Up until a few years ago when I graduated from residency, life appeared to have a linear, predictable path: obtain high school diploma, finish undergraduate degree, get accepted into medical school, graduate from residency, secure a well-paid job as a psychiatrist.
Yet, throughout the entire process, I encountered several challenging experiences trying to adjust to each new phase. When I moved away from home for college, I was so excited to live with four girlfriends and finally feel independent enough to lead an exciting college life. However, I can vividly recall the day my parents helped me move and when they left, I cried. For several days, all I wanted to do was isolate in my room. Eventually, I became more comfortable with my living situation and newfound independence, but my initial desire was to flee back home as often as possible.
For medical school, I was fortunate to get accepted into a school within 30 minutes from my hometown, so I was familiar with the area and lived with family that first year while adjusting to the grueling academic demands. It was so nice to come home to a hearty meal prepared by my grandmother or aunt after a full day of lectures, anatomy lab, and studying.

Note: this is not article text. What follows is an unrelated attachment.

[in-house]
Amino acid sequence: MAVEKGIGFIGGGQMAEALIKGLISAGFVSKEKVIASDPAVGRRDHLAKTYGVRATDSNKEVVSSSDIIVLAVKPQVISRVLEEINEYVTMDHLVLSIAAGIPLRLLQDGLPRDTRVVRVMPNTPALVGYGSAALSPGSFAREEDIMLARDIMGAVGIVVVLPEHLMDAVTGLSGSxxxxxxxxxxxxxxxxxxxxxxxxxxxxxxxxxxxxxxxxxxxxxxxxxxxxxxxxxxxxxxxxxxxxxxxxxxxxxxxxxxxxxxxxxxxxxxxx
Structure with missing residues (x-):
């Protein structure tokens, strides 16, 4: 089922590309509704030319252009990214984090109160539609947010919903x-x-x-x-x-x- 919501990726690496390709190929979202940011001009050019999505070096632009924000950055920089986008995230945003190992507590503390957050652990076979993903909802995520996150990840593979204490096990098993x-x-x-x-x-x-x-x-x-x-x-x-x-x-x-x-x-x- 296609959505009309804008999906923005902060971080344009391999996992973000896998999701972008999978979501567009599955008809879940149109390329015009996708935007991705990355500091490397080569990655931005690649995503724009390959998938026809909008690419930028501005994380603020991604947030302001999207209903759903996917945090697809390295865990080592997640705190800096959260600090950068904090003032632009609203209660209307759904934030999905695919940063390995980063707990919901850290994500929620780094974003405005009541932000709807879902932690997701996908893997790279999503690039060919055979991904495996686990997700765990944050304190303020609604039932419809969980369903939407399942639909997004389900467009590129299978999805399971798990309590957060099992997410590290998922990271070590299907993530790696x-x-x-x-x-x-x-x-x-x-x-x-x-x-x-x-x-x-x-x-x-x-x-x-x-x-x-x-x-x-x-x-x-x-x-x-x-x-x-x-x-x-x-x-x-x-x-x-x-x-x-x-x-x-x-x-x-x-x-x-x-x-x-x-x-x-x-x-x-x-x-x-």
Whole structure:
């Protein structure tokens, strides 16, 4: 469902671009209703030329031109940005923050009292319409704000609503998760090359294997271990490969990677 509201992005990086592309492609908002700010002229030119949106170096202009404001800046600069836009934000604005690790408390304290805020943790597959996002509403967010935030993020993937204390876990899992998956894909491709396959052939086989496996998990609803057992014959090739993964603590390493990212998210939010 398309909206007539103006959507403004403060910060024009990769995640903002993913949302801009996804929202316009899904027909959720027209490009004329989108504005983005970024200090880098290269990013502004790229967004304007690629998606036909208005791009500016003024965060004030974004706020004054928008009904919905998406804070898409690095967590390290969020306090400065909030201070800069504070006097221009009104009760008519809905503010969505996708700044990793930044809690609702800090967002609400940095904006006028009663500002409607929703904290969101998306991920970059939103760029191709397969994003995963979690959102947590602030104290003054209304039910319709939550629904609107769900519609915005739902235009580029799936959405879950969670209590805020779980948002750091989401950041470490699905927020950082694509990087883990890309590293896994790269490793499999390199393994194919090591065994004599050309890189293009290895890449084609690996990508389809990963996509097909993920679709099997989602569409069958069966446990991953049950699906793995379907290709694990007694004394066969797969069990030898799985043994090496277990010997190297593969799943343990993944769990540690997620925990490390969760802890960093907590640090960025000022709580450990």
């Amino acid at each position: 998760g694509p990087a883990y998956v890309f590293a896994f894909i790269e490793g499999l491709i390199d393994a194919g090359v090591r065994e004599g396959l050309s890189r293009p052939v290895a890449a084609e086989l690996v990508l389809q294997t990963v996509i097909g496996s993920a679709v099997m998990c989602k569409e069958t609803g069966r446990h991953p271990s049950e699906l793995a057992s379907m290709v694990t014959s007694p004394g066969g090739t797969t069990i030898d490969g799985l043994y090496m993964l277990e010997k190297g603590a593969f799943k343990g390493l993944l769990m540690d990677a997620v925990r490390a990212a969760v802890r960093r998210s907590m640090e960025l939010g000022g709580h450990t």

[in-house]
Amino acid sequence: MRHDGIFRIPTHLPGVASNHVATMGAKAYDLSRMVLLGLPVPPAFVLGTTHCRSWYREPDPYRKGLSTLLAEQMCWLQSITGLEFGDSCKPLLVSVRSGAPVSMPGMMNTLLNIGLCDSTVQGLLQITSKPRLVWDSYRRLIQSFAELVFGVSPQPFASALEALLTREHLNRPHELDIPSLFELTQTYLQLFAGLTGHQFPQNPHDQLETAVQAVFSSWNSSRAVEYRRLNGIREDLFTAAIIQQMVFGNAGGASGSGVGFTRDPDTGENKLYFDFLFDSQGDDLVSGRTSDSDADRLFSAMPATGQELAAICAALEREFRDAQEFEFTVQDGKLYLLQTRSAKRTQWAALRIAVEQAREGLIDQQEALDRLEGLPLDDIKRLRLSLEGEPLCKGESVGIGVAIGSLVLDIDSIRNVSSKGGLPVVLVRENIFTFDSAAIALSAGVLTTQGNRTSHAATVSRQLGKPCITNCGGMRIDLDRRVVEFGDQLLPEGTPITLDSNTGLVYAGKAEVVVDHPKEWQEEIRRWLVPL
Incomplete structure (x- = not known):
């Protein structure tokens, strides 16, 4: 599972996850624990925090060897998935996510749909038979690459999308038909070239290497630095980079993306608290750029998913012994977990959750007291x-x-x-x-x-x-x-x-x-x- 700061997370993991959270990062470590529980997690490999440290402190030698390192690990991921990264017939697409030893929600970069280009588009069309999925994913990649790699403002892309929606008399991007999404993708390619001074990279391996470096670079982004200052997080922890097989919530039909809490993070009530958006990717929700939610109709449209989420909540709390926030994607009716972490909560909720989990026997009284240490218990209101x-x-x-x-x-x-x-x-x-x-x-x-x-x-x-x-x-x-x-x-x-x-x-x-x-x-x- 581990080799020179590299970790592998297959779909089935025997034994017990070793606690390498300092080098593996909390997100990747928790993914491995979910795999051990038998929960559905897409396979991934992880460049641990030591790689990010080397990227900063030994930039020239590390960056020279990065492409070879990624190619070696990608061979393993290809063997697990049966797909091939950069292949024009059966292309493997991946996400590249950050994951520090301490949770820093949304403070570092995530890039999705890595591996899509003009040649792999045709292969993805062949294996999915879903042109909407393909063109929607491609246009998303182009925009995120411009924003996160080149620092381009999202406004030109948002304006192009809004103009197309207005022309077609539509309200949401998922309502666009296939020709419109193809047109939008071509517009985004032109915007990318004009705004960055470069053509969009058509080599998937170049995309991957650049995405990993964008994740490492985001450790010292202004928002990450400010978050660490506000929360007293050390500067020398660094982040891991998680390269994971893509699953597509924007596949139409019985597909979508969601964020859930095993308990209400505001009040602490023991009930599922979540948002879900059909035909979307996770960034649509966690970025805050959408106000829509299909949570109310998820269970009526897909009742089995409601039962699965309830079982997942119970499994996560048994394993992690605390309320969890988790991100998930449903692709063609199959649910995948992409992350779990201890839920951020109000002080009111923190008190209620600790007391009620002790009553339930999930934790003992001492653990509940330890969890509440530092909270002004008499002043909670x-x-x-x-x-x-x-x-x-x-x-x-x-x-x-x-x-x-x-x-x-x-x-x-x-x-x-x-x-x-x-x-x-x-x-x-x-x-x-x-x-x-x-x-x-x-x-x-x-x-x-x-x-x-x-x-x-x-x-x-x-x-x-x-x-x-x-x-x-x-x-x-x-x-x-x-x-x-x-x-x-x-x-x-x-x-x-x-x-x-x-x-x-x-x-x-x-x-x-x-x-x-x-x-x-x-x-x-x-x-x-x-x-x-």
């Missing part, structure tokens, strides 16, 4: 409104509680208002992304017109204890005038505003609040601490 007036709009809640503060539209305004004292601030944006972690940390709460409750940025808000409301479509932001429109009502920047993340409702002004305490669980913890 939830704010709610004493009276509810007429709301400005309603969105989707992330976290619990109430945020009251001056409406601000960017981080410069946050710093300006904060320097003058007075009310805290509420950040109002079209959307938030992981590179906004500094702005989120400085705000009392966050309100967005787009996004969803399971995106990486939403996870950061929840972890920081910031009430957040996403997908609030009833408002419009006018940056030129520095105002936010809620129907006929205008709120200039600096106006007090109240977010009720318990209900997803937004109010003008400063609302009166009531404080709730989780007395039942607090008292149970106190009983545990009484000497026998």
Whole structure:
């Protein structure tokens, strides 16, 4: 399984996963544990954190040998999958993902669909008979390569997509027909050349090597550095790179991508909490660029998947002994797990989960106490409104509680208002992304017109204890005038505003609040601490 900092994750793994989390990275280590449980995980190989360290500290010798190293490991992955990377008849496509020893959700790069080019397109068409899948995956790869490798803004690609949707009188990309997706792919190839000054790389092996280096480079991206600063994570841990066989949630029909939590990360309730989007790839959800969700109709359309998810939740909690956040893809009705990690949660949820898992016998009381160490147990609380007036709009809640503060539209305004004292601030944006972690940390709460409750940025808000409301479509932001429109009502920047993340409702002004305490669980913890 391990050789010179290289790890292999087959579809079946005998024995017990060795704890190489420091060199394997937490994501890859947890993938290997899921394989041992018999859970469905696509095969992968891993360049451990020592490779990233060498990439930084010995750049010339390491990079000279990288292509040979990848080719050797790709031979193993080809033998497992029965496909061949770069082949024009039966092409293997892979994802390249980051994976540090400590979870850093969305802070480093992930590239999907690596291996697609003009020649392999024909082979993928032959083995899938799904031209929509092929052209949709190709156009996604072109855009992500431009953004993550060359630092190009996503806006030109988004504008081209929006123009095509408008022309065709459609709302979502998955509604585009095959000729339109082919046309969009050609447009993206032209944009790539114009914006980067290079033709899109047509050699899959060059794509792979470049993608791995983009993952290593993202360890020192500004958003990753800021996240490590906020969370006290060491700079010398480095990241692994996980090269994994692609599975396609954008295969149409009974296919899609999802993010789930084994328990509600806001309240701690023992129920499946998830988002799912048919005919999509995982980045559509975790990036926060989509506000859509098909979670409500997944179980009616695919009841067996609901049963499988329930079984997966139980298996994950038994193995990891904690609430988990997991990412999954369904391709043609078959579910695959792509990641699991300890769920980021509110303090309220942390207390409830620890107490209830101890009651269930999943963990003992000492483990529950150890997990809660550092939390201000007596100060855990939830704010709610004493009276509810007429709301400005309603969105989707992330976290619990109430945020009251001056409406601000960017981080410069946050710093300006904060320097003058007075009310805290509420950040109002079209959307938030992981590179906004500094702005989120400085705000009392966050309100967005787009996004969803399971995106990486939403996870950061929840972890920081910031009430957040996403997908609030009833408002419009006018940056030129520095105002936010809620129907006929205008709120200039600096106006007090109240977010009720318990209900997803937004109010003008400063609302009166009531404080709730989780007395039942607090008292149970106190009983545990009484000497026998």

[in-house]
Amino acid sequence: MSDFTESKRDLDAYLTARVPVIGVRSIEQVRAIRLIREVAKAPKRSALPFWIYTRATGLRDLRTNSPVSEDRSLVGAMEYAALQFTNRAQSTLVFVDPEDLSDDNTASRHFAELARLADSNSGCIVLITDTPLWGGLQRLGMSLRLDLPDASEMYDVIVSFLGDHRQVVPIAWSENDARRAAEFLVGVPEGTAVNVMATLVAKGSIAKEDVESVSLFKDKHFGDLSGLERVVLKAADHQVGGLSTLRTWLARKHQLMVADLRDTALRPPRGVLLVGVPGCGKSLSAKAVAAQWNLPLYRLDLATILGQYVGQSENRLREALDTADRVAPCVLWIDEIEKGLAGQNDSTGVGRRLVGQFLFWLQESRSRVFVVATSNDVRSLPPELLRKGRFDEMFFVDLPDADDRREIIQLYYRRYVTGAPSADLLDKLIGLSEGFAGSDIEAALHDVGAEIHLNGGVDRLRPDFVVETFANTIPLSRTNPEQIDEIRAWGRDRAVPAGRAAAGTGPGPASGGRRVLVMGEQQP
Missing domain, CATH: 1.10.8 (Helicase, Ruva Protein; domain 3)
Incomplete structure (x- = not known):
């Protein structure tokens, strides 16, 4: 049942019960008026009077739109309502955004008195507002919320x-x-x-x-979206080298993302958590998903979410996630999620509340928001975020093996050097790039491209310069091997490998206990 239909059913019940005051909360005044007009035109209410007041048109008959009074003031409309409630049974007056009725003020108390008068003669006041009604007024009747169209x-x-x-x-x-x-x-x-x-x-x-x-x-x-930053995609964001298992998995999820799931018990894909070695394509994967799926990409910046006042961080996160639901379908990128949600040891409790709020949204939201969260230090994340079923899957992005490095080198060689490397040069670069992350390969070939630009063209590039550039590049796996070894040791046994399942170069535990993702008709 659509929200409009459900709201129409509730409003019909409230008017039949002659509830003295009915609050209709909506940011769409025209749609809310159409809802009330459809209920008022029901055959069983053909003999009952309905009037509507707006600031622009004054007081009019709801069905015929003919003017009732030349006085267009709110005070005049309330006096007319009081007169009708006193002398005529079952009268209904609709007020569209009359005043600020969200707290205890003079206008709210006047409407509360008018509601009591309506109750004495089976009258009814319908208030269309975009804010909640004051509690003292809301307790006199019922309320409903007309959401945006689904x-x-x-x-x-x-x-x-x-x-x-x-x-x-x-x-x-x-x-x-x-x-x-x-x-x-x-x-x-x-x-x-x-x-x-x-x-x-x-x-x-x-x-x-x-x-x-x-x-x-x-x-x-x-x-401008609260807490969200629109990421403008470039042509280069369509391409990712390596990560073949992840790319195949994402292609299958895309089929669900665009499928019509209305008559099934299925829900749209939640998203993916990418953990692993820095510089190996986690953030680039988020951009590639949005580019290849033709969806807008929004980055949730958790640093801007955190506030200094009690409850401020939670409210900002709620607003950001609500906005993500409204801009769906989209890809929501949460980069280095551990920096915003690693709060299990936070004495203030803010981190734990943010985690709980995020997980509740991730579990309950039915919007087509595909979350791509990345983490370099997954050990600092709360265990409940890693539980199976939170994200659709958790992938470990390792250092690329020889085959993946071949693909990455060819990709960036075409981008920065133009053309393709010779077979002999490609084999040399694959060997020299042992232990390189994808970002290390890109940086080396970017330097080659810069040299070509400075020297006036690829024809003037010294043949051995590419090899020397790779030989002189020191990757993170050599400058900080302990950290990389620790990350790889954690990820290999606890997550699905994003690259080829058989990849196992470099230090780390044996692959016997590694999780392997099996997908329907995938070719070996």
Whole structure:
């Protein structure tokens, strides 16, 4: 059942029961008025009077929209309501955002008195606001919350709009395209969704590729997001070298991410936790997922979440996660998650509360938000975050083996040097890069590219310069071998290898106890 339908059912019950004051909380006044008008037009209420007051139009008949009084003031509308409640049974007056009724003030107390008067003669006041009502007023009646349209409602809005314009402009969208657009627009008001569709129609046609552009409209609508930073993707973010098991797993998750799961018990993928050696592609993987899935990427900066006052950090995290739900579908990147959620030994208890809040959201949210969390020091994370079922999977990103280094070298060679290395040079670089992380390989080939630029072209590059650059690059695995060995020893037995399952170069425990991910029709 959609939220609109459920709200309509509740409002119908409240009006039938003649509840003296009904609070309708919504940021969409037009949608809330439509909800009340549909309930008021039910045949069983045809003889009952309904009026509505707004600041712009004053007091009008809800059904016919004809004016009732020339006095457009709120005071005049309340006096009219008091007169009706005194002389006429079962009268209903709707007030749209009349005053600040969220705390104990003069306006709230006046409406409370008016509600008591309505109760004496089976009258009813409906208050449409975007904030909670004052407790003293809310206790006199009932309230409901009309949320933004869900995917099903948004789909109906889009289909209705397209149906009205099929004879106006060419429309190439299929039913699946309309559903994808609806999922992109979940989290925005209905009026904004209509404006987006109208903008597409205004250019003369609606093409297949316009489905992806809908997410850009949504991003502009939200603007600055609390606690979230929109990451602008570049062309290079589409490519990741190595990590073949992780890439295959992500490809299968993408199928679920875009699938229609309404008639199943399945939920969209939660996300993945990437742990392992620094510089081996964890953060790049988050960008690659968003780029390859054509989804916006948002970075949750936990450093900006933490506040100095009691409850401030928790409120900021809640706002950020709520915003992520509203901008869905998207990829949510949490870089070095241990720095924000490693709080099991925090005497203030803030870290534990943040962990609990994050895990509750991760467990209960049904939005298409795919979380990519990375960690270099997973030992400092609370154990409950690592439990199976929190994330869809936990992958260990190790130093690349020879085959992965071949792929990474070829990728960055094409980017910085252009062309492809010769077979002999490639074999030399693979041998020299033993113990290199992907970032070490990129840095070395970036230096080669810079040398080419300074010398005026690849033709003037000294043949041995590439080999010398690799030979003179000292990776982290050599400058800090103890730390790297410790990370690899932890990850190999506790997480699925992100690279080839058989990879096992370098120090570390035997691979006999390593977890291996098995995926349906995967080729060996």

However, when I moved away to Oregon for residency (a state I never even visited let alone knew anybody who lived there), I felt extremely lonely and isolated. At some point, my program director suggested that I see a psychiatrist because I wasn’t performing very well on tests. I felt like a failure. Yet, finally realizing that I needed help was when I started to evaluate myself in order to create change. It’s the time that blogging became an outlet for social support and connection that I felt was missing at that point in time. It was the period of my life when I became more self-aware, made long-lasting friendships, discovered my leadership ability, and became chief resident. Such a pivotal point in my life motivated me to evaluate myself and discover my resiliency based on how I overcame my struggles.
When I rotated at the student psychological center at the local university, I saw several patients who struggled with transitioning to college life. I completely identified with them. I currently have several patients going through major changes (divorce, moving away for school, starting a new job, recently losing their job, getting married, expecting their first child, etc). I emphatically listen and validate their experiences — going through life change WILL challenge your usual ways of coping (ie, one may cope by isolating, keeping thoughts to themselves, working out at the gym more, confiding in a friend, etc). And sometimes, depending on the stressor, the usual copings skills may not be enough to overcome the challenge.
And here lies the dilemma — Even the most linear path in life has its challenges. Do you face the challenge head on, or do you recognize your limitations and choose a different path, or do you justify ways to avoid the situation altogether?
Photo by Marlon Santos